What is Fashonreps (The community of Ua Sneakers)
Fashionreps is the #1
Introduction to Fashionreps?
An ever-growing subreddit called FashionReps is dedicated to assisting fashion enthusiasts in finding the greatest knock-off Supreme, Off-White and Nike.
One of Tripping's YouTube videos, entitled "Admitting I Own Fakes In-Front of My Fashion Class...", shows him doing precisely that, with a few seconds of footage from the beginning. According to the student, "I'm in college and I'm taking a Fashion Design course, and in that class (we) spoke about Fake and Replica and I can put up some photographs so you guys know I'm not bullshitting". When asked by his instructor whether he possesses any counterfeit items, the 19-year-old admits that the highly sought-after Travis Scott Jordan 1 Lows he is now sporting are indeed phony. She asks, "And how do you feel about that?" "I'm comfortable with it," he says wryly.
Like many fashion-savvy customers, Caruso is open about the fact that their designer clothes aren't really real, but unlike many die-hard hypebeasts, they're prepared to admit as much. There is a subreddit called "FashionReps" where people go to talk about new releases, gush about fake Yeezys and seek tips on where to get the greatest knockoffs of Off-White and Supreme.
People that like high-quality replicas or "reps" are welcome to join the forum, where members are polite and even sympathetic. From stitching and logos to finishing details, they assist one other identify the best vendors and websites to purchase from, and they debate the differences between legitimate things and their counterfeit versions. It's common knowledge that most people can't afford to wear designer clothing from head to toe. A reddit user named godsip2 said in August that he got into reps because he didn't have a lot of money and wanted a few great things. As a result of my addiction to purchasing representatives, "I now have no money at all."
When it comes to certain people, a lack of money and a desire for high-end streetwear is a major motivator. However, for others it isn't. Dennis, 19, tells us, "Not to boast, but if I want a Dior coat, I can buy it retail." "I can get four reps for the same amount of money." In a terrifying moment when exploring secondhand marketplaces, Dennis saw his "grail sneakers" — a pair of Off-White Air Jordan 1s — pop up for €3000. That was Dennis' breaking point, he said. It occurred to me that I would never pay that much for shoes that originally cost €150. 'Fuck this,' I thought to myself.
He's been a member of the FashionReps subreddit for about three years now, despite his initial skepticism. Instead of buying used goods and full-price retail things, since joining, he's referred his friends to the salespeople he works with. Dennis explains, "A €500 sweater wasn't in their price range." I was able to sell them on the spot after showing them the difference between my reps and my retail Yeezys.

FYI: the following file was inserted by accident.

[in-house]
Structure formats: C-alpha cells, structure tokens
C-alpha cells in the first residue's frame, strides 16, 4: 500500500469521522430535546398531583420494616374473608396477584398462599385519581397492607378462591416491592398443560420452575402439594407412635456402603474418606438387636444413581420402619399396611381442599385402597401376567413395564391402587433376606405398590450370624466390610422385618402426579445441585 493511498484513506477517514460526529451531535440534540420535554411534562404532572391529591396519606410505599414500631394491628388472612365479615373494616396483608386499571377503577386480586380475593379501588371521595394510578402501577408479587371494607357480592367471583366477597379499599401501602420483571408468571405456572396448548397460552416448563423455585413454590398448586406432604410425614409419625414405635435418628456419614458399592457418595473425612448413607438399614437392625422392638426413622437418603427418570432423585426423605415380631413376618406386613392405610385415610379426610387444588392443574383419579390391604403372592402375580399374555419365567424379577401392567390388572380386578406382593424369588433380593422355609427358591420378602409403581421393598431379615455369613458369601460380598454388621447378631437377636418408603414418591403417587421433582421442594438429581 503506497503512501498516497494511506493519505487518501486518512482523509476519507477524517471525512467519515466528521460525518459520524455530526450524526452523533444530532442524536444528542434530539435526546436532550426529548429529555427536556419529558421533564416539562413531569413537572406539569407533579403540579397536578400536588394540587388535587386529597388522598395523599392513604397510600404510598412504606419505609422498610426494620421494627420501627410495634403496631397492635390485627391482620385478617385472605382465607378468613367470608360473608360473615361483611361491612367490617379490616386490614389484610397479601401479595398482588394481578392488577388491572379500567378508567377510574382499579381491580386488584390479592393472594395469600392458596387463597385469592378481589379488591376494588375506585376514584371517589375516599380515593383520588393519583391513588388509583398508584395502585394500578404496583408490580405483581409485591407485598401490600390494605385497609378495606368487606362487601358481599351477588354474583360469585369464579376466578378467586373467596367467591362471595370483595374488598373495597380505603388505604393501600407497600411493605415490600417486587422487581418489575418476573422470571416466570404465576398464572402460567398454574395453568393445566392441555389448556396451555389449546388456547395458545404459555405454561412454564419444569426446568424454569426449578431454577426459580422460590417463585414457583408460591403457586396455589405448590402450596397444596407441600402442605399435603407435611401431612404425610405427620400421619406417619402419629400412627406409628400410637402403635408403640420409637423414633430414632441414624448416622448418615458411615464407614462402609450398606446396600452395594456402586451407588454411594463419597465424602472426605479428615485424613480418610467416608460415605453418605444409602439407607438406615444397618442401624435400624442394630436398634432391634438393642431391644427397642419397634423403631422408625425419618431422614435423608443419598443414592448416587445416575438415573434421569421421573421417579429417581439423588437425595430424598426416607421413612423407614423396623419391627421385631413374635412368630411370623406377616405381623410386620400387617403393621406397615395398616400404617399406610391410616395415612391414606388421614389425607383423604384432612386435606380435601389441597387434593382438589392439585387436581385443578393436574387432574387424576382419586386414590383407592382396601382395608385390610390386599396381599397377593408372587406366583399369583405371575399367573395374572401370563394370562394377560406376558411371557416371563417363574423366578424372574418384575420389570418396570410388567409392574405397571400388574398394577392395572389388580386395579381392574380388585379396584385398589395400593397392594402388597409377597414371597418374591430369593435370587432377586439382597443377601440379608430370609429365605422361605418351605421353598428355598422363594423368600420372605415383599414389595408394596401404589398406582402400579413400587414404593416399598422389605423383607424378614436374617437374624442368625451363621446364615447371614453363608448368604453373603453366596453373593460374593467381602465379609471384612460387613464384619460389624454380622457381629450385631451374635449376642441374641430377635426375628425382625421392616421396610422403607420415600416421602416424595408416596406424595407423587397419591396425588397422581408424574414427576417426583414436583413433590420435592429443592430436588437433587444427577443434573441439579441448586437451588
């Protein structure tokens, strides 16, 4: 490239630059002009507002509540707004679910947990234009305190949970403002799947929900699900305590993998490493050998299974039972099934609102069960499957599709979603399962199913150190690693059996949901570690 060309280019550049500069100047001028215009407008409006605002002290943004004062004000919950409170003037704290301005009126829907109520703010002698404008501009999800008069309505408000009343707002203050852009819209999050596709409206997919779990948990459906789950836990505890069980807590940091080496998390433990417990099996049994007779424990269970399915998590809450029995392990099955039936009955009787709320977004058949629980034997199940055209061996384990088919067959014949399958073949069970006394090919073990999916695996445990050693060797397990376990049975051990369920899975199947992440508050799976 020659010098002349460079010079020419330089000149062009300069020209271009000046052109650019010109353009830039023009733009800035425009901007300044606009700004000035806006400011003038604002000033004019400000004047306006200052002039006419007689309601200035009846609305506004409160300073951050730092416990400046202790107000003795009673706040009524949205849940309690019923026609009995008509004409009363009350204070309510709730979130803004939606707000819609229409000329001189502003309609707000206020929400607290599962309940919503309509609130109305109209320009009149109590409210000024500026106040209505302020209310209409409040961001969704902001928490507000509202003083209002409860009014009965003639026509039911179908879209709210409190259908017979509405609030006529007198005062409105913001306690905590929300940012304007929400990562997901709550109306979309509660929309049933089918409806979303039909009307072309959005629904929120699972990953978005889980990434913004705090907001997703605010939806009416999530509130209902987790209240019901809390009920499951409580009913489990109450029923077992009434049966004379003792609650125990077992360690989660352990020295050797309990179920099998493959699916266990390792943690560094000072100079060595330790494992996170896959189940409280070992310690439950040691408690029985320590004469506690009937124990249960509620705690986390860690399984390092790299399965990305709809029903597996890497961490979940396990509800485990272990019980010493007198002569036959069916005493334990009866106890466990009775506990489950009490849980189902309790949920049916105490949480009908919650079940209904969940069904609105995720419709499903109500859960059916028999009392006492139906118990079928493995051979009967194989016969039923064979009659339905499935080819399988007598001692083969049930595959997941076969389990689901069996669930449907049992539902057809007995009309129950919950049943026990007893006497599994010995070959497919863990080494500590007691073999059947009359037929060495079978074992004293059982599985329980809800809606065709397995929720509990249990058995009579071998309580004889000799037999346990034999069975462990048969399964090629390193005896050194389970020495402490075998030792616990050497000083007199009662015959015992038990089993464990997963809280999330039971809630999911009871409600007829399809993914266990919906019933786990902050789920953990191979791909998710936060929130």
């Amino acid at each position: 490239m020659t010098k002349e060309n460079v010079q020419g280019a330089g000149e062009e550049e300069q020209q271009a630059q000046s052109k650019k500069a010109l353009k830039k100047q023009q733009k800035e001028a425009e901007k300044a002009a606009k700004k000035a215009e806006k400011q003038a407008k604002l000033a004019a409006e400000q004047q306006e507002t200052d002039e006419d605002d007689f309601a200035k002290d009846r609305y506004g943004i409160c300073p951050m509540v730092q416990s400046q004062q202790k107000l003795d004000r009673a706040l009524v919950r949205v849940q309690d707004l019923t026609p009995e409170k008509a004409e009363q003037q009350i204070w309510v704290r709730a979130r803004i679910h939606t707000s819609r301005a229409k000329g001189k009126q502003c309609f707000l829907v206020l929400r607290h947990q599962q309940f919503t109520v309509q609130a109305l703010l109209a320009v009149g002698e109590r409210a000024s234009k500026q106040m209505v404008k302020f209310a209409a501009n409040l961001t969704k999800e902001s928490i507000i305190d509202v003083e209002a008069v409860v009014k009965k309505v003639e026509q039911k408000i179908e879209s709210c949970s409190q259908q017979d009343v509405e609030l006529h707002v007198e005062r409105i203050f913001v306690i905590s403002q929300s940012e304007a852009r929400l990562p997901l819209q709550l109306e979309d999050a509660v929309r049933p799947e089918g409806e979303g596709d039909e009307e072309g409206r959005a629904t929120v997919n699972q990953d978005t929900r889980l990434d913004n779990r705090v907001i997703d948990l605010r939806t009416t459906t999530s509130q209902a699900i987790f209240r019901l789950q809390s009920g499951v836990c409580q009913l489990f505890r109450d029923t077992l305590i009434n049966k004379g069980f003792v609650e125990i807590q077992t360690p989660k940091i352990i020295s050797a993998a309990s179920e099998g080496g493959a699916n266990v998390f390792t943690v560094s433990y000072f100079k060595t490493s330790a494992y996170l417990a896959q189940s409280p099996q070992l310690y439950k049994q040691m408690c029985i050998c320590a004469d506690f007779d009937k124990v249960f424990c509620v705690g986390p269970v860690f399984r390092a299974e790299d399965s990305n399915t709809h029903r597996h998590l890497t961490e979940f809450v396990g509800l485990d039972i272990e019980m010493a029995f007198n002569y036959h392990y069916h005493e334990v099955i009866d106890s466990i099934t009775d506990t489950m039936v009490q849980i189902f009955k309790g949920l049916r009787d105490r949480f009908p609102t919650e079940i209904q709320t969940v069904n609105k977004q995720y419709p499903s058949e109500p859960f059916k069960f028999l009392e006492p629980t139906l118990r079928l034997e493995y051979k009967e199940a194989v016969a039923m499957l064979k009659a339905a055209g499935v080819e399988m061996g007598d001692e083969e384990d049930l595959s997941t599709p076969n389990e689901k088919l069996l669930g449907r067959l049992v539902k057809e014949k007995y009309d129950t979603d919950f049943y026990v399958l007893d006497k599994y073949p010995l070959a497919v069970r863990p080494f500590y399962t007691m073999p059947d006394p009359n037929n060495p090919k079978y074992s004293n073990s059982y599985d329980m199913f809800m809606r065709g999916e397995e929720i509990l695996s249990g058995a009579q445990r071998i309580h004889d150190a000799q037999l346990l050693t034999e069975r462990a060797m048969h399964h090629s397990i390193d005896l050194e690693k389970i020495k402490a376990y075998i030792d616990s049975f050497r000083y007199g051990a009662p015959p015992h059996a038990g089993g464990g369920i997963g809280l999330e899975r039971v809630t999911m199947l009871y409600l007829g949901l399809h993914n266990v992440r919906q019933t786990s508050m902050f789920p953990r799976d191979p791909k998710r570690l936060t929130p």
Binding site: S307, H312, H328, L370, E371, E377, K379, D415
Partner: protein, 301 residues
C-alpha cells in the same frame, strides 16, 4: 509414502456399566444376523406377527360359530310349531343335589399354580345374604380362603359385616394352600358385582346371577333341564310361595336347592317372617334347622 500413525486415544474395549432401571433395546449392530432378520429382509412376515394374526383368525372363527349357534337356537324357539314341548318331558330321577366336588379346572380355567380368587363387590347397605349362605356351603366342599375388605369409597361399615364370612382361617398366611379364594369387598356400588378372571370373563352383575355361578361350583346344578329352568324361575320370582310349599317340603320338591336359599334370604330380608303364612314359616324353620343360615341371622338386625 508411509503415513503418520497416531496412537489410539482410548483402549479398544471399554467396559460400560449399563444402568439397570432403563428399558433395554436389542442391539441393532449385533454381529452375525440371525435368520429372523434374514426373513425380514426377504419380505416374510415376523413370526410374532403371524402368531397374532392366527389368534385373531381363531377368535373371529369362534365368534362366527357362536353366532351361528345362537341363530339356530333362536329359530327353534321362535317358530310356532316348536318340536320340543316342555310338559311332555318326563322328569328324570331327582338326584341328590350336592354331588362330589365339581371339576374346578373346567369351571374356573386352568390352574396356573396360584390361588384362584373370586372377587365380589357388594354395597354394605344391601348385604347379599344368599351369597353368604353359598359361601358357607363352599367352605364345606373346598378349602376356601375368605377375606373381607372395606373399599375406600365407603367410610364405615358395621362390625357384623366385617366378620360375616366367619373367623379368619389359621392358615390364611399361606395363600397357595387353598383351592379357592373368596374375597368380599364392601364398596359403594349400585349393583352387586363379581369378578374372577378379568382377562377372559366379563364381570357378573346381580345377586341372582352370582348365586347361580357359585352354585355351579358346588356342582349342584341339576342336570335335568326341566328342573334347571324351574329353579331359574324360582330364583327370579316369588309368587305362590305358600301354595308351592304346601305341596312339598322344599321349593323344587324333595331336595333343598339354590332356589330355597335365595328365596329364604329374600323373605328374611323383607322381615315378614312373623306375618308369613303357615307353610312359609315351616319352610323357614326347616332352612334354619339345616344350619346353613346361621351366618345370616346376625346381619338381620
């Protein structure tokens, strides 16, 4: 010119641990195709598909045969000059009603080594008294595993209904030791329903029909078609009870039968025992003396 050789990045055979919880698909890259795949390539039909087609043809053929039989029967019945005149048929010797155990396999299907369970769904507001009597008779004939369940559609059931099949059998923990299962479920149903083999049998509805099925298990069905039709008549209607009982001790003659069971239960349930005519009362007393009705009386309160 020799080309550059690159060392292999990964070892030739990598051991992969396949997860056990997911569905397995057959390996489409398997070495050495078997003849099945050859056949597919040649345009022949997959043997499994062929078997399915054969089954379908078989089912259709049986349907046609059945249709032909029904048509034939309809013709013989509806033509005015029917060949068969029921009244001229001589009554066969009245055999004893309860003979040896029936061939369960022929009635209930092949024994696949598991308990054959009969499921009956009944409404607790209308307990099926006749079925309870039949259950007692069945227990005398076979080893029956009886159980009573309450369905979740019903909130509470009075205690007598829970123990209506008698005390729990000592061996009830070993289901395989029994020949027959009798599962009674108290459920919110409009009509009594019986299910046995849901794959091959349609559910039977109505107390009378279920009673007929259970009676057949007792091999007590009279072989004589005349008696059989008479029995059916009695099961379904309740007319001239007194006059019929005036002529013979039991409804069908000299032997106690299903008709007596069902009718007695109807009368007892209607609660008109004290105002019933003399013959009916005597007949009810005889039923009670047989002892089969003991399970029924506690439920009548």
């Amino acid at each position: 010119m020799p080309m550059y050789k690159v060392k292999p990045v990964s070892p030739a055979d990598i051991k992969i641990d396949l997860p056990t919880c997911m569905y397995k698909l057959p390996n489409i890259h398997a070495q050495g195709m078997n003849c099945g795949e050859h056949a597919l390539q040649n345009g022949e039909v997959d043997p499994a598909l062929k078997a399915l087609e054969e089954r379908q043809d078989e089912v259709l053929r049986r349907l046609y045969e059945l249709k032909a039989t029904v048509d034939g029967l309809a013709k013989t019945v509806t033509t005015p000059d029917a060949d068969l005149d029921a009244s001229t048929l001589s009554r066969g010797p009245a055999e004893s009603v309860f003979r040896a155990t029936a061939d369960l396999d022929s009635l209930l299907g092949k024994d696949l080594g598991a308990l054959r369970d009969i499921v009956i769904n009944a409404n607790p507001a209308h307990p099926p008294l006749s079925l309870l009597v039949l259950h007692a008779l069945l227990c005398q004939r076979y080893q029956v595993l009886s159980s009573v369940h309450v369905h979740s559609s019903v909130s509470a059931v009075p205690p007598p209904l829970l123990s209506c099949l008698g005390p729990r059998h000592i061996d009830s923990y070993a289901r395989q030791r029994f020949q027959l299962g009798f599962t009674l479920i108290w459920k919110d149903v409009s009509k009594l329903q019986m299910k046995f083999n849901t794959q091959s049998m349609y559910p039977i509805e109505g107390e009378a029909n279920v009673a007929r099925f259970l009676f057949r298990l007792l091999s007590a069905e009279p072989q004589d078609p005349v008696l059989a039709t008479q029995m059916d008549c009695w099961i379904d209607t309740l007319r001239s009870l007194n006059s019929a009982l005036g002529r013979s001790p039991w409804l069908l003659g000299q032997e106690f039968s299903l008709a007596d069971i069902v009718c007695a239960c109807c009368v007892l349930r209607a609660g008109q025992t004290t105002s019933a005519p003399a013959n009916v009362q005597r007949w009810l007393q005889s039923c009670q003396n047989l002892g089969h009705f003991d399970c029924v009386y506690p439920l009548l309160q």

History of Fake Designer Goods
In the past, counterfeit designer goods were thought of as bad imitations of handbags on AliExpress, labels that said "Fashing BALISG" instead of "Balenciaga," and stalls in alleyways. But FashionReps members know where to buy high-quality replicas and say that many knock-offs are actually better made than the originals. Camiel, a 23-year-old from the Netherlands, says that the quality is the same, or even better. "I've heard that some Yeezys are better, and that a lot of high-end Louis Vuitton reps are better than the stores." Because he thinks that "retail Louis Vuitton quality isn't so good."
They buy in bulk, spending hundreds of dollars on "hauls" of clothes that they break up into smaller packages in order to avoid customs checks. You have to take a risk in order to have fun, but some people aren't so lucky and their packages are thrown away. Others, on the other hand, are happy when packages filled with thousands of dollars of "drip" arrive in the mail.
A red slub-neck from Palace is Camiel's favorite thing he found. "You can't tell it from a real one, which I own," he says. "The quality is great and it's so comfortable to wear, it's my favorite thing I've bought so far." It's not always worked out for Camiel.
At first, I wouldn't wear an item if it had even the smallest flaw. I've changed my mind." During the next few days, he noticed that people didn't know very much about brands or which items even existed. Camiel says he's been called out by people who recognize him. I was at the gym with some high schoolers, and I was wearing my Nike tech fleece joggers, which have a few flaws, like the black stripe being too short and the cords being too short, as well. On the logo, they called me out on it, which I know is great. All these clowns.